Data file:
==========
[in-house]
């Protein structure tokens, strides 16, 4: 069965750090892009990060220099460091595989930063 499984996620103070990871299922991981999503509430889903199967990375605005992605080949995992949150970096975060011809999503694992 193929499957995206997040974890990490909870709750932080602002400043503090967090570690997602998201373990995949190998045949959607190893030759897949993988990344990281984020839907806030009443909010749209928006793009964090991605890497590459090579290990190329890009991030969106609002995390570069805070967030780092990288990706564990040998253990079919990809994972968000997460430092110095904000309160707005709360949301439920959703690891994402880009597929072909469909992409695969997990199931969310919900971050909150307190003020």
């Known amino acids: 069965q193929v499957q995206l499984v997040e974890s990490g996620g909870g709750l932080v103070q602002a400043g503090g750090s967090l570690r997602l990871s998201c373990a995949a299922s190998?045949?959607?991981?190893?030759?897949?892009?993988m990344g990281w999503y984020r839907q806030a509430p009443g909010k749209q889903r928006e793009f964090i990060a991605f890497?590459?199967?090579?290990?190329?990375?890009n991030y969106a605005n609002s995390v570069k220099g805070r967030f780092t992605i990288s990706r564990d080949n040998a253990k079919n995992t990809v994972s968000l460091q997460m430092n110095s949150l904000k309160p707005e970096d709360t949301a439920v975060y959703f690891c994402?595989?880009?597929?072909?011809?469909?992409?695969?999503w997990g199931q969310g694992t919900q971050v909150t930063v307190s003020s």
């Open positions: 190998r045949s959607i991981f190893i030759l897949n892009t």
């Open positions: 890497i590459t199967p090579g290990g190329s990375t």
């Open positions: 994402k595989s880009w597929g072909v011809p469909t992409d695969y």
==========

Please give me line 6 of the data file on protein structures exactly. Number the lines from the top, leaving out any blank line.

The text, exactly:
């Open positions: 994402k595989s880009w597929g072909v011809p469909t992409d695969y």